Eco News


World’s 10 Worst Pollution Spots
The world’s 10 most polluted places threaten the health of more than 10 million people
in eight countries, according to a report released today by a U.S. environmental
action group. Three of the most polluted sites are in Russia, the report said, with
the remaining seven located in China, Dominican Republic, India, Kyrgyzstan, Peru,
Ukraine and Zambia. The report was released by the Blacksmith Institute and compiled
by a team of international environment and health experts. "A key criterion
in the selection process was the nature of the pollutant," said Richard Fuller,
director of Blacksmith Institute. "The biggest culprits are heavy metals –
such as lead, chromium and mercury – and long-lasting chemicals – such as the ‘persistent
organic pollutants.’ That’s because a particular concern of all these cases is the
accumulating and long lasting burden building up in the environment and in the bodies
of the people most directly affected." With the exception of Chernobyl, the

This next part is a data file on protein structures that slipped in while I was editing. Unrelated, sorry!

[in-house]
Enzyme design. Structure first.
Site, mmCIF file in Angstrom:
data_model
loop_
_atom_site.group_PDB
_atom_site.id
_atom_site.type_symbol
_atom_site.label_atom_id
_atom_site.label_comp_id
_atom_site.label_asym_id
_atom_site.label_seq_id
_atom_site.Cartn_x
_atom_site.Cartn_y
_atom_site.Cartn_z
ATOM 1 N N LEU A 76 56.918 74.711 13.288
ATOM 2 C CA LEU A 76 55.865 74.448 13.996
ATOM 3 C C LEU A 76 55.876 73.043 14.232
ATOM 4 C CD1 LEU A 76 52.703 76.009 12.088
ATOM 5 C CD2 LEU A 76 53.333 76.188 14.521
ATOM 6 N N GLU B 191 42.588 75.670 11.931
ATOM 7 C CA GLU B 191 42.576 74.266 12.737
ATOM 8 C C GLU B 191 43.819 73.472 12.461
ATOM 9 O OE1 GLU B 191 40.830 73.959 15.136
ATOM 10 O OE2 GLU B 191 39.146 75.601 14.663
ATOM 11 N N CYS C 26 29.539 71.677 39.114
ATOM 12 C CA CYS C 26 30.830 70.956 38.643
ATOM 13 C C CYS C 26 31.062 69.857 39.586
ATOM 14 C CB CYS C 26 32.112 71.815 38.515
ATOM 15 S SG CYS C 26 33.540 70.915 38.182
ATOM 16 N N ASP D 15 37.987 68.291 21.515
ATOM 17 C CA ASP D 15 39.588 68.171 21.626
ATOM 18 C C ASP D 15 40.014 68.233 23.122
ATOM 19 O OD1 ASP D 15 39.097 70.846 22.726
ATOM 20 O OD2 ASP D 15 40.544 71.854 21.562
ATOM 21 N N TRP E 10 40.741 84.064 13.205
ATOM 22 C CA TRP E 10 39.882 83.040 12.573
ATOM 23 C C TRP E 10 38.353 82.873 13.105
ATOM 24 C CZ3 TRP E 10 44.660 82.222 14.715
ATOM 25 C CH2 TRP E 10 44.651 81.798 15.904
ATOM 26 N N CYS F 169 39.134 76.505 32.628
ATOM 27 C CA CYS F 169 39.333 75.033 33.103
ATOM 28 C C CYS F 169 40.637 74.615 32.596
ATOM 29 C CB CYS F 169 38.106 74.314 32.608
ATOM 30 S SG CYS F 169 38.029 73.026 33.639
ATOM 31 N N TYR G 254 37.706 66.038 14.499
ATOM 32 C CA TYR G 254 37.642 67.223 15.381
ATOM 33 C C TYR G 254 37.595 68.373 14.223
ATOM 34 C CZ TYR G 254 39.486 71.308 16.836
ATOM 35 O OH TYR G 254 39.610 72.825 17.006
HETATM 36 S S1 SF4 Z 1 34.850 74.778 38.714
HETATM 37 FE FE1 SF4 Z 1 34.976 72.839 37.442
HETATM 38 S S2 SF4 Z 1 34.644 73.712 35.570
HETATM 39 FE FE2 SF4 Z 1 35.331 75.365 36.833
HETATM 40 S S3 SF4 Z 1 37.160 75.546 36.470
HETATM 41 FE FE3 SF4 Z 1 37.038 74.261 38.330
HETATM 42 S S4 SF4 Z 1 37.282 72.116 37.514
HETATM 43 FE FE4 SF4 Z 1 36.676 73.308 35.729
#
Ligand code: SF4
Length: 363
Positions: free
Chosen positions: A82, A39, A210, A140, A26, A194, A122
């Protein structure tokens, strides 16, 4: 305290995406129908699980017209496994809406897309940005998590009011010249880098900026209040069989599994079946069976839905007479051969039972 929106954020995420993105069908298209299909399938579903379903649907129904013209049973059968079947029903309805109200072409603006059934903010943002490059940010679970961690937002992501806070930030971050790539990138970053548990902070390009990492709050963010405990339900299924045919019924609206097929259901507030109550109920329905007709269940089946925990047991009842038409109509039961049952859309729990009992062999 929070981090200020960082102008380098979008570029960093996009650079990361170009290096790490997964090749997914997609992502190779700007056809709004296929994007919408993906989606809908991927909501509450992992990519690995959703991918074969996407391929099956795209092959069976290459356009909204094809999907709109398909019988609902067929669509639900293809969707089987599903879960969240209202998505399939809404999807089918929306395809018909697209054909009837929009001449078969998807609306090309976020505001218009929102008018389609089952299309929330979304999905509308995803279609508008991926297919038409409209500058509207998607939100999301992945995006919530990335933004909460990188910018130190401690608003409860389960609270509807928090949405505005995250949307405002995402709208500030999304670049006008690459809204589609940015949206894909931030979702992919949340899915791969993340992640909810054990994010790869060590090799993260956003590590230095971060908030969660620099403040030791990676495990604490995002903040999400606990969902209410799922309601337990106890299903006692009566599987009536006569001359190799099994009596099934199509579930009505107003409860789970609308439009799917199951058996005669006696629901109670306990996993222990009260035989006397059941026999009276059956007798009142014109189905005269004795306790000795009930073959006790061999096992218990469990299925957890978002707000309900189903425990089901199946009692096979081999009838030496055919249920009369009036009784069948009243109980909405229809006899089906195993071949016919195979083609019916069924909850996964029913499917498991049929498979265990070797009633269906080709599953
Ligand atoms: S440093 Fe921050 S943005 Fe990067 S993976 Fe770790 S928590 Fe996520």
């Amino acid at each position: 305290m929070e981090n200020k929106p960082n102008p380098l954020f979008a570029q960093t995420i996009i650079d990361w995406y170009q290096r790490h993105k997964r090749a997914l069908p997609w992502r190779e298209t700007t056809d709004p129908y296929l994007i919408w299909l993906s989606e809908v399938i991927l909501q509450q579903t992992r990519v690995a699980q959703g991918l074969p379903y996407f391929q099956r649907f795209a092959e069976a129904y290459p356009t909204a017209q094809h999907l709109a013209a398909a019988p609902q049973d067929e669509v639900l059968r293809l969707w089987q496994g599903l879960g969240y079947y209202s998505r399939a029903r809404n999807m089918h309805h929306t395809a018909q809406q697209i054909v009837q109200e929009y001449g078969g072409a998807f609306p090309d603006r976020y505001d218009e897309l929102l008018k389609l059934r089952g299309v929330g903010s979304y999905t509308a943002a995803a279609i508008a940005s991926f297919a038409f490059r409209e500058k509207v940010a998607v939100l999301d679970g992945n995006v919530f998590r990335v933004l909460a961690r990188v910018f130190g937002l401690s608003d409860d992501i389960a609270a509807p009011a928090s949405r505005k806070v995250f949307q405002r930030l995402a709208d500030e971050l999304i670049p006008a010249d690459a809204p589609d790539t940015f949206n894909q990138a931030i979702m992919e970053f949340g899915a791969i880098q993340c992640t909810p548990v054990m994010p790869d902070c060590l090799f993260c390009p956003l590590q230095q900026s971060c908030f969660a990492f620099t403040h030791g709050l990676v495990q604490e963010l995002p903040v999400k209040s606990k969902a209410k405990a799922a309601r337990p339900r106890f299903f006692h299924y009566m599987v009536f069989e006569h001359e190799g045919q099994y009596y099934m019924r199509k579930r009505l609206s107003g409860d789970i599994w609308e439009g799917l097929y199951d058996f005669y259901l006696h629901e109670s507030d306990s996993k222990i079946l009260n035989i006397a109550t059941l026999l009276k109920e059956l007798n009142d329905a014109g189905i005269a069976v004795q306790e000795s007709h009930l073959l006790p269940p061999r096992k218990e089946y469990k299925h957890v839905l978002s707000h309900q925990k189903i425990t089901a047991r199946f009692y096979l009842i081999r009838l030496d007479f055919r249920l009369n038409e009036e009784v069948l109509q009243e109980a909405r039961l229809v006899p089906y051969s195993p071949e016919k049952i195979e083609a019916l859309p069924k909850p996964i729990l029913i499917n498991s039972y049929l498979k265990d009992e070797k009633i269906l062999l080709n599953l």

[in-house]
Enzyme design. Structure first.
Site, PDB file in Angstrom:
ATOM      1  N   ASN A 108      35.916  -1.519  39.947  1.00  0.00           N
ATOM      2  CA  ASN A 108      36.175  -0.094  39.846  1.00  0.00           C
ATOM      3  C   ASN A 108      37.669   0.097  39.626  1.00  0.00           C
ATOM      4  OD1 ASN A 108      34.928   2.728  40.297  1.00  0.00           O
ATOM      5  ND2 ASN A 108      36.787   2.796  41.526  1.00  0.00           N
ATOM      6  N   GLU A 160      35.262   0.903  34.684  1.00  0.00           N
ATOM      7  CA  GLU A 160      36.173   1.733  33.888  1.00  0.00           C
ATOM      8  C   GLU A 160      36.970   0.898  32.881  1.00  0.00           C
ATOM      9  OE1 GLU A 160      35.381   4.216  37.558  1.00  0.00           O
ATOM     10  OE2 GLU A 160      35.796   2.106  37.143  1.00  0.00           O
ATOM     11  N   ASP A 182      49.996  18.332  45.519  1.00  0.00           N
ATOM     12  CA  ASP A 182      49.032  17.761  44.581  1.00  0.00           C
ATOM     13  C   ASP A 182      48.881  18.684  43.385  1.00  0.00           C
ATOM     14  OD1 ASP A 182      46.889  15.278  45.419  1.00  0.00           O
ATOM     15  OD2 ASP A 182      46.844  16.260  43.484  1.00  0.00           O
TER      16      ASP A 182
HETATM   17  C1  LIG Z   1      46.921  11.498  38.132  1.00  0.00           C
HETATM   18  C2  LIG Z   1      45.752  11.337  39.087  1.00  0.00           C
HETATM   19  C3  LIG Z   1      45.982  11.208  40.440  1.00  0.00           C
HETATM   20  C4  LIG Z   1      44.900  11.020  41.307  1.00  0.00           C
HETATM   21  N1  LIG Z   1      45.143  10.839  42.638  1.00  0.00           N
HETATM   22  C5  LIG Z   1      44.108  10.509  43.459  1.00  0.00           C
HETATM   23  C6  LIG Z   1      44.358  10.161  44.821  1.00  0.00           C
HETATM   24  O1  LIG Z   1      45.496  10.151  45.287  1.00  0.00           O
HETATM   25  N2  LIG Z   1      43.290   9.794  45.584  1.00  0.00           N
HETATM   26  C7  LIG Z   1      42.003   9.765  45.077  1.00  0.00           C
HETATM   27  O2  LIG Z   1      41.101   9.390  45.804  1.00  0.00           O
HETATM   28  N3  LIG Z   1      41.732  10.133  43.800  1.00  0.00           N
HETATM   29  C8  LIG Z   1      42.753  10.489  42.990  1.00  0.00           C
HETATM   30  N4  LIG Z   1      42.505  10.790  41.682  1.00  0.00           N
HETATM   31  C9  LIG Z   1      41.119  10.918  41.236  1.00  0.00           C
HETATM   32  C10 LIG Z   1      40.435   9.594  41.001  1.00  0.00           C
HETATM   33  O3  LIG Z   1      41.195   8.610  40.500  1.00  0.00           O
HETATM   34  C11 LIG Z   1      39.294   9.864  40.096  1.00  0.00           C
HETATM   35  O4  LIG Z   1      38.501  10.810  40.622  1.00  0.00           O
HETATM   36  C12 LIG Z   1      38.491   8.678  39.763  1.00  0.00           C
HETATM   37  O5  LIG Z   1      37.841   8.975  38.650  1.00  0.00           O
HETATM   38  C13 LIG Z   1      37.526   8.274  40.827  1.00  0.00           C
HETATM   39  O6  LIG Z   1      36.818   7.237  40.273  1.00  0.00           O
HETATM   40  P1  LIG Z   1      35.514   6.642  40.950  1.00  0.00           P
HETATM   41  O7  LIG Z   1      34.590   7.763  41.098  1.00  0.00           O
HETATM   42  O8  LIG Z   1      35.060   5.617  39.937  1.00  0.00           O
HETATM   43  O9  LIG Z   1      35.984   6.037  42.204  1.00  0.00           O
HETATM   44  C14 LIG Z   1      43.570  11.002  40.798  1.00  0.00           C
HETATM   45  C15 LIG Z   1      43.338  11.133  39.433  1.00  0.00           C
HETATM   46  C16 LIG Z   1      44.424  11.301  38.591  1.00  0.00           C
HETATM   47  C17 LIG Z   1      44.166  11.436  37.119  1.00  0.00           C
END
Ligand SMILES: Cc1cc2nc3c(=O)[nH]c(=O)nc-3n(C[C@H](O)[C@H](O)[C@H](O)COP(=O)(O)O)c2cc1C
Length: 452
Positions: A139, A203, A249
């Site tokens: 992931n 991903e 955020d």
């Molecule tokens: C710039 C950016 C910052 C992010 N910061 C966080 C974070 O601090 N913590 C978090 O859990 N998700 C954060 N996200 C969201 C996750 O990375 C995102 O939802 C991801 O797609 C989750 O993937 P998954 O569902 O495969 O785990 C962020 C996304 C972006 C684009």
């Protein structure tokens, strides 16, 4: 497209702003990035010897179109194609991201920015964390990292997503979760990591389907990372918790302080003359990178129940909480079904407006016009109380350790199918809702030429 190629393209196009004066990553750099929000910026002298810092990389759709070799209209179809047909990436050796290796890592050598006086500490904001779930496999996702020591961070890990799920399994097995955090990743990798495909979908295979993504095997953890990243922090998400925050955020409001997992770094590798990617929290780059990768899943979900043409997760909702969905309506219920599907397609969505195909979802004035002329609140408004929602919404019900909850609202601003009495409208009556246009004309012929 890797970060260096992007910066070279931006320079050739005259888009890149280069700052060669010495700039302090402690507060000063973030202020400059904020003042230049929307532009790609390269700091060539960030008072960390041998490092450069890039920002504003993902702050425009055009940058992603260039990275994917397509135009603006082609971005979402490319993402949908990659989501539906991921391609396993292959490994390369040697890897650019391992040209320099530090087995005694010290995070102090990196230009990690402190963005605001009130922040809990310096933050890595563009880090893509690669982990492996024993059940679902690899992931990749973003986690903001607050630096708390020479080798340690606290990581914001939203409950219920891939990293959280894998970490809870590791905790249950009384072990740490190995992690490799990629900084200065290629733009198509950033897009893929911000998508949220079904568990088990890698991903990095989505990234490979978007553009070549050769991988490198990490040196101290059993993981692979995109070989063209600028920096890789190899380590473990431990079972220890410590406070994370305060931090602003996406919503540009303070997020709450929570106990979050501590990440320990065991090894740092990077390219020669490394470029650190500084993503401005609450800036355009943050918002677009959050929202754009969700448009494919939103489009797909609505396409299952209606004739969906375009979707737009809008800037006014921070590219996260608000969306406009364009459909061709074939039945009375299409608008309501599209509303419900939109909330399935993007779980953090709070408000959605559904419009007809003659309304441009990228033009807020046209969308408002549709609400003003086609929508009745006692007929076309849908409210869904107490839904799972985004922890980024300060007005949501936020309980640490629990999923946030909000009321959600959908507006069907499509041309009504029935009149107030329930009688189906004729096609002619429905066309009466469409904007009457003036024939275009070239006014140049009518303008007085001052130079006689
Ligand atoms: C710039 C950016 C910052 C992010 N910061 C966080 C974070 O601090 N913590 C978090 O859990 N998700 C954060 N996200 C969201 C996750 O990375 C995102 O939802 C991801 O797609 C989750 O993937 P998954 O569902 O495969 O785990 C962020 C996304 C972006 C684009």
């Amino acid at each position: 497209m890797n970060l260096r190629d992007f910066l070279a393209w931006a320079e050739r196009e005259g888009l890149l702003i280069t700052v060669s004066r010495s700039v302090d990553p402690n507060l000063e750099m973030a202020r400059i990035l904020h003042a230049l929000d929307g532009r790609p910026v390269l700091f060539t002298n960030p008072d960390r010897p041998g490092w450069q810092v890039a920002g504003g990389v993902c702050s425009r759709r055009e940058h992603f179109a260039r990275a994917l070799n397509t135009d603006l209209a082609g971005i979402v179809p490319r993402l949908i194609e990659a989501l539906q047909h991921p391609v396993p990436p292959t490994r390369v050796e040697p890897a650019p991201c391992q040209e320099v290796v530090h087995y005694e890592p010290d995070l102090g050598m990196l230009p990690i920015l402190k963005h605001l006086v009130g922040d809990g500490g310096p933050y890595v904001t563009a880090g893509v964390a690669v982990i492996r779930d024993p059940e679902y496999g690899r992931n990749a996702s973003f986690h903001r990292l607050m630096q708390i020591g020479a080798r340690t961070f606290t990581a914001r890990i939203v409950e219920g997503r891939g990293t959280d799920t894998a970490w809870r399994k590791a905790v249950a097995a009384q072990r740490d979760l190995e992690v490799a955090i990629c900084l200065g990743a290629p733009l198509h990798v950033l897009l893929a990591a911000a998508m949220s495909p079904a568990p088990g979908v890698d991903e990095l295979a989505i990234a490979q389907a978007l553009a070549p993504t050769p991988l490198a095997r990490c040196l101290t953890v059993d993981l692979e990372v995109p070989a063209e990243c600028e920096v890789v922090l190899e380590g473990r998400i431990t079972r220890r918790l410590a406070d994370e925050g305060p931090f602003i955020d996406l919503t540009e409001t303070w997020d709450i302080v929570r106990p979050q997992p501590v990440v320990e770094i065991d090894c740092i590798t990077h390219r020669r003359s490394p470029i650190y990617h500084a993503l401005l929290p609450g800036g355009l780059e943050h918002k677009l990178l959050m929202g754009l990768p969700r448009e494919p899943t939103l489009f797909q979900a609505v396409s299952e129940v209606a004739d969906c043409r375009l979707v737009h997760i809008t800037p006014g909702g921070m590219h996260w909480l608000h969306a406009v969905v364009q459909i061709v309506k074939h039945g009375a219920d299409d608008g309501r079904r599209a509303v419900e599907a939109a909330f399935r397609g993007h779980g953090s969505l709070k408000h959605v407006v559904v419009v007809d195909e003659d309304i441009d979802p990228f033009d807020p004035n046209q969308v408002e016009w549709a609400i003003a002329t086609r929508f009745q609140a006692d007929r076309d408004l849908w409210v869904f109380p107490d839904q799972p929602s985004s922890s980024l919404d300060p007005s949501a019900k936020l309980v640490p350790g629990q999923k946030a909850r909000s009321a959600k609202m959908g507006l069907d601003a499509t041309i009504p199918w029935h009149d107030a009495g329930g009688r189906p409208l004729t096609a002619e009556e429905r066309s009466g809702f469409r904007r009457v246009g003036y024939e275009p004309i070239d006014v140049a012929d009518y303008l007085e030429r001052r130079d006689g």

Ukranian site of the world’s worst nuclear disaster, most of the locations on the
list are little-known – even in their own countries. The most-polluted sites primarily
affect communities deep in poverty, the report said, but there are potential remedies.
– Environmental News Service []

Truth About Responsible Investments
Corporations are increasingly confusing potential investors with phrases like "corporate
social responsibility," "sustainability," "green business"
and "socially responsible investing." But rarely do these terms accurately
reflect the corporation’s true business ethics. Greenwashing has become one of the
most successful modern-day marketing arts, whereby corporations tout themselves as
practitioners of sustainability while actually practicing business-as-usual. Although
incredibly popular among green consumers seeking to make ethical investments, the
international SRI (socially responsible investing) mutual fund industry has fallen
prey to a variety of greenwashing tactics, leaving the SRI market littered with corrupt
corporations dressed up in earth-friendly costumes. Paul Hawken’s Natural Capital
Institute provides an in-depth analysis of the problems in the SRI market and has
begun to publish an online database to help consumers identify which SRIs and mutual
funds truly promote health, justice, and sustainability.
– Organic Consumers Association []

$13m For Solar Projects
U.S. Energy Secretary Samuel Bodman recently announced more than $13 million in funding
for solar technologies. The funding is part of the administration’s Solar America